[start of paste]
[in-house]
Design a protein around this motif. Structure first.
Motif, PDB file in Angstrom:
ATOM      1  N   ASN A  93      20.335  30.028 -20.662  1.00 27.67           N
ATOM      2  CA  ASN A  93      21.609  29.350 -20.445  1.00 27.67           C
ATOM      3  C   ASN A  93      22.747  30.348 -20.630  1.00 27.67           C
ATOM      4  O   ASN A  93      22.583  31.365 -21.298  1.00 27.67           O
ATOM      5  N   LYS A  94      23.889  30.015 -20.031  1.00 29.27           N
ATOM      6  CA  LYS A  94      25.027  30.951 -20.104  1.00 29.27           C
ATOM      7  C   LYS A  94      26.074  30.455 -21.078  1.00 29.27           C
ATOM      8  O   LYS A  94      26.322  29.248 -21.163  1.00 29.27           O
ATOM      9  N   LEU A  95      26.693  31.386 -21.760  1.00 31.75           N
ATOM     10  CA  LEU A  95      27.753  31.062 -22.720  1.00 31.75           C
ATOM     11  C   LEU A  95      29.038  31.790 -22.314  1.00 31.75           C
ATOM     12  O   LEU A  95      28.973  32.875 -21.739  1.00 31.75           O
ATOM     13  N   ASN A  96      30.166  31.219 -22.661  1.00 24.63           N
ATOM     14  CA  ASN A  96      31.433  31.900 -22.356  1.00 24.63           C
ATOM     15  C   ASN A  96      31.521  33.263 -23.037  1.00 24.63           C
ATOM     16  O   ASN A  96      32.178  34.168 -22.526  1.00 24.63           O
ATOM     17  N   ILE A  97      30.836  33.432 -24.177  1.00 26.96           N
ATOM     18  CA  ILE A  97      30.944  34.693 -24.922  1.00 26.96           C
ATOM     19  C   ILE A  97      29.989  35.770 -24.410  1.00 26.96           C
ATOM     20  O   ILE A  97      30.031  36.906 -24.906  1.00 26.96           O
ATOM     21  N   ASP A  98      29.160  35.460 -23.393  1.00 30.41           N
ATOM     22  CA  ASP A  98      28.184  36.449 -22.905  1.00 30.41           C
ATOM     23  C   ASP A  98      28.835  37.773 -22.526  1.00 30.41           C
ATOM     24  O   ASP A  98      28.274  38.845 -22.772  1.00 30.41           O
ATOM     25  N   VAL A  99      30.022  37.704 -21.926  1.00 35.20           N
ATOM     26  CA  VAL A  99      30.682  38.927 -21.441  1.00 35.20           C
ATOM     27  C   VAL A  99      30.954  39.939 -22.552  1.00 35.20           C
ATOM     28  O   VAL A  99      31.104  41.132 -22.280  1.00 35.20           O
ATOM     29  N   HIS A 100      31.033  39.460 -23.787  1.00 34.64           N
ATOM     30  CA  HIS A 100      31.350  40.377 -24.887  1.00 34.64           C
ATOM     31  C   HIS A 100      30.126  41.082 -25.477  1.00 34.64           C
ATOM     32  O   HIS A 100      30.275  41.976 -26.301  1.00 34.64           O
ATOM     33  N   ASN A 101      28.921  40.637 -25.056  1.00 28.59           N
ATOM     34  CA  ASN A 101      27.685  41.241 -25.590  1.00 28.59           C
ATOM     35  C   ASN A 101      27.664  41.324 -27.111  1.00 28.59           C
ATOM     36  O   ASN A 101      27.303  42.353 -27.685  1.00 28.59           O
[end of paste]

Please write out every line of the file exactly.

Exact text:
[in-house]
Design a protein around this motif. Structure first.
Motif, PDB file in Angstrom:
ATOM      1  N   ASN A  93      20.335  30.028 -20.662  1.00 27.67           N
ATOM      2  CA  ASN A  93      21.609  29.350 -20.445  1.00 27.67           C
ATOM      3  C   ASN A  93      22.747  30.348 -20.630  1.00 27.67           C
ATOM      4  O   ASN A  93      22.583  31.365 -21.298  1.00 27.67           O
ATOM      5  N   LYS A  94      23.889  30.015 -20.031  1.00 29.27           N
ATOM      6  CA  LYS A  94      25.027  30.951 -20.104  1.00 29.27           C
ATOM      7  C   LYS A  94      26.074  30.455 -21.078  1.00 29.27           C
ATOM      8  O   LYS A  94      26.322  29.248 -21.163  1.00 29.27           O
ATOM      9  N   LEU A  95      26.693  31.386 -21.760  1.00 31.75           N
ATOM     10  CA  LEU A  95      27.753  31.062 -22.720  1.00 31.75           C
ATOM     11  C   LEU A  95      29.038  31.790 -22.314  1.00 31.75           C
ATOM     12  O   LEU A  95      28.973  32.875 -21.739  1.00 31.75           O
ATOM     13  N   ASN A  96      30.166  31.219 -22.661  1.00 24.63           N
ATOM     14  CA  ASN A  96      31.433  31.900 -22.356  1.00 24.63           C
ATOM     15  C   ASN A  96      31.521  33.263 -23.037  1.00 24.63           C
ATOM     16  O   ASN A  96      32.178  34.168 -22.526  1.00 24.63           O
ATOM     17  N   ILE A  97      30.836  33.432 -24.177  1.00 26.96           N
ATOM     18  CA  ILE A  97      30.944  34.693 -24.922  1.00 26.96           C
ATOM     19  C   ILE A  97      29.989  35.770 -24.410  1.00 26.96           C
ATOM     20  O   ILE A  97      30.031  36.906 -24.906  1.00 26.96           O
ATOM     21  N   ASP A  98      29.160  35.460 -23.393  1.00 30.41           N
ATOM     22  CA  ASP A  98      28.184  36.449 -22.905  1.00 30.41           C
ATOM     23  C   ASP A  98      28.835  37.773 -22.526  1.00 30.41           C
ATOM     24  O   ASP A  98      28.274  38.845 -22.772  1.00 30.41           O
ATOM     25  N   VAL A  99      30.022  37.704 -21.926  1.00 35.20           N
ATOM     26  CA  VAL A  99      30.682  38.927 -21.441  1.00 35.20           C
ATOM     27  C   VAL A  99      30.954  39.939 -22.552  1.00 35.20           C
ATOM     28  O   VAL A  99      31.104  41.132 -22.280  1.00 35.20           O
ATOM     29  N   HIS A 100      31.033  39.460 -23.787  1.00 34.64           N
ATOM     30  CA  HIS A 100      31.350  40.377 -24.887  1.00 34.64           C
ATOM     31  C   HIS A 100      30.126  41.082 -25.477  1.00 34.64           C
ATOM     32  O   HIS A 100      30.275  41.976 -26.301  1.00 34.64           O
ATOM     33  N   ASN A 101      28.921  40.637 -25.056  1.00 28.59           N
ATOM     34  CA  ASN A 101      27.685  41.241 -25.590  1.00 28.59           C
ATOM     35  C   ASN A 101      27.664  41.324 -27.111  1.00 28.59           C
ATOM     36  O   ASN A 101      27.303  42.353 -27.685  1.00 28.59           O